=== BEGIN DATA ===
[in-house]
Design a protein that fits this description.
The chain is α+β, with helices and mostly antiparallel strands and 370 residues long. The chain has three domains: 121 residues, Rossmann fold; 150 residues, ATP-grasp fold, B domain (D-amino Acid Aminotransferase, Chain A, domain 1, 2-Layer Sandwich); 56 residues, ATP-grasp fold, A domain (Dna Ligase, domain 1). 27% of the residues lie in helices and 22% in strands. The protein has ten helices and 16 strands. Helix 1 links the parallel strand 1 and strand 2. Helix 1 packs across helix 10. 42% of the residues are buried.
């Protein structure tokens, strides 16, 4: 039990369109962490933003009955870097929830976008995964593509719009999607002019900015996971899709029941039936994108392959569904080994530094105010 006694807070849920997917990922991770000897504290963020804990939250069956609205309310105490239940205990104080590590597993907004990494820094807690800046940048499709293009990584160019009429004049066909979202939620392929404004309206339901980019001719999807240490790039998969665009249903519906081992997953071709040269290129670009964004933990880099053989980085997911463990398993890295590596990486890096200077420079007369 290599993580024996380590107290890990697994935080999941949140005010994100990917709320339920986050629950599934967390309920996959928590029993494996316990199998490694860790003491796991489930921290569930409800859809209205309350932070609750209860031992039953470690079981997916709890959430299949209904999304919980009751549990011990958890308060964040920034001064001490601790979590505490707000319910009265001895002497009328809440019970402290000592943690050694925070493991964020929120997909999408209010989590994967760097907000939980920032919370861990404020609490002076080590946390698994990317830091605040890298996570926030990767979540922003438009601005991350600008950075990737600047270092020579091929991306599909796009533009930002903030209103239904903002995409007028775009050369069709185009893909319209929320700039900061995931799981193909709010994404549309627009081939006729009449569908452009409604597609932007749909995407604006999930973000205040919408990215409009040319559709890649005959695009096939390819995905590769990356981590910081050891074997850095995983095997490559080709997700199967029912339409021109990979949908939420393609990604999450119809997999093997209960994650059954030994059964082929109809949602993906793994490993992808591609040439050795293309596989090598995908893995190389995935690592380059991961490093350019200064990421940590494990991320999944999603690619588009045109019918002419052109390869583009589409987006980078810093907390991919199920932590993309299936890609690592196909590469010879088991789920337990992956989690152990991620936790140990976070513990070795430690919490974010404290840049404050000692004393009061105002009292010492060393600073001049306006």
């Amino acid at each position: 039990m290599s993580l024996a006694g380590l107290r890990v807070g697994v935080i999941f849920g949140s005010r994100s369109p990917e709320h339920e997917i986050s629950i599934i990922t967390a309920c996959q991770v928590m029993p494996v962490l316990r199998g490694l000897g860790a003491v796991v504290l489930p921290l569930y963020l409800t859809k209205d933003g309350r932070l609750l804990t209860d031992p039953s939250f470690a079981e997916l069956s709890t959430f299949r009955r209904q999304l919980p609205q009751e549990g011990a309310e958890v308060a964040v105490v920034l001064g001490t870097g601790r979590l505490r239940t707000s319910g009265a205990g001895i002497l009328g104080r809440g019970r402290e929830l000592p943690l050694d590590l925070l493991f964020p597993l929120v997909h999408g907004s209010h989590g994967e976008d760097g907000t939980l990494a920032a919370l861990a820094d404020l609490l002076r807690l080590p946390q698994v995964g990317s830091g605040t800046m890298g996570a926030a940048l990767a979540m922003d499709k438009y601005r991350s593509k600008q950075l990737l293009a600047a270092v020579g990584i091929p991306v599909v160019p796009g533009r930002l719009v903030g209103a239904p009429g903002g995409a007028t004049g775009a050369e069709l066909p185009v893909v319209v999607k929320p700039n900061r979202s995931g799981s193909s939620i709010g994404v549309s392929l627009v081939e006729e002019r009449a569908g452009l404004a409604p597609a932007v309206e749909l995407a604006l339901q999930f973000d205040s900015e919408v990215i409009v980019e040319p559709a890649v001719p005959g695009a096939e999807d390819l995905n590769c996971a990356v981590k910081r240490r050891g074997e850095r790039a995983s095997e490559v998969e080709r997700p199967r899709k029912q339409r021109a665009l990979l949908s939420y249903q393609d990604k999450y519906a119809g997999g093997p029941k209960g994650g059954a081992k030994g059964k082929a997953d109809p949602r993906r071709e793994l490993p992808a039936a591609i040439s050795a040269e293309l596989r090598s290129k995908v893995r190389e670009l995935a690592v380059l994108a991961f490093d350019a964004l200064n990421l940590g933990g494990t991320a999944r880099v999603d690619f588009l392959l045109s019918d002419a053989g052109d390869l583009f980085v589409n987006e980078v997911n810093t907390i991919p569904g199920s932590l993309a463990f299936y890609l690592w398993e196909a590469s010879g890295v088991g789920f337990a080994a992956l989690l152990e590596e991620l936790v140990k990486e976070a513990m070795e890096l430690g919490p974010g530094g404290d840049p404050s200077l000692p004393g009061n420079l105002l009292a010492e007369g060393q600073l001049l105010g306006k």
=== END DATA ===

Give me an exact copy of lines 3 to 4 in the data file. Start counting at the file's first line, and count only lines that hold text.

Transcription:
The chain is α+β, with helices and mostly antiparallel strands and 370 residues long. The chain has three domains: 121 residues, Rossmann fold; 150 residues, ATP-grasp fold, B domain (D-amino Acid Aminotransferase, Chain A, domain 1, 2-Layer Sandwich); 56 residues, ATP-grasp fold, A domain (Dna Ligase, domain 1). 27% of the residues lie in helices and 22% in strands. The protein has ten helices and 16 strands. Helix 1 links the parallel strand 1 and strand 2. Helix 1 packs across helix 10. 42% of the residues are buried.
């Protein structure tokens, strides 16, 4: 039990369109962490933003009955870097929830976008995964593509719009999607002019900015996971899709029941039936994108392959569904080994530094105010 006694807070849920997917990922991770000897504290963020804990939250069956609205309310105490239940205990104080590590597993907004990494820094807690800046940048499709293009990584160019009429004049066909979202939620392929404004309206339901980019001719999807240490790039998969665009249903519906081992997953071709040269290129670009964004933990880099053989980085997911463990398993890295590596990486890096200077420079007369 290599993580024996380590107290890990697994935080999941949140005010994100990917709320339920986050629950599934967390309920996959928590029993494996316990199998490694860790003491796991489930921290569930409800859809209205309350932070609750209860031992039953470690079981997916709890959430299949209904999304919980009751549990011990958890308060964040920034001064001490601790979590505490707000319910009265001895002497009328809440019970402290000592943690050694925070493991964020929120997909999408209010989590994967760097907000939980920032919370861990404020609490002076080590946390698994990317830091605040890298996570926030990767979540922003438009601005991350600008950075990737600047270092020579091929991306599909796009533009930002903030209103239904903002995409007028775009050369069709185009893909319209929320700039900061995931799981193909709010994404549309627009081939006729009449569908452009409604597609932007749909995407604006999930973000205040919408990215409009040319559709890649005959695009096939390819995905590769990356981590910081050891074997850095995983095997490559080709997700199967029912339409021109990979949908939420393609990604999450119809997999093997209960994650059954030994059964082929109809949602993906793994490993992808591609040439050795293309596989090598995908893995190389995935690592380059991961490093350019200064990421940590494990991320999944999603690619588009045109019918002419052109390869583009589409987006980078810093907390991919199920932590993309299936890609690592196909590469010879088991789920337990992956989690152990991620936790140990976070513990070795430690919490974010404290840049404050000692004393009061105002009292010492060393600073001049306006």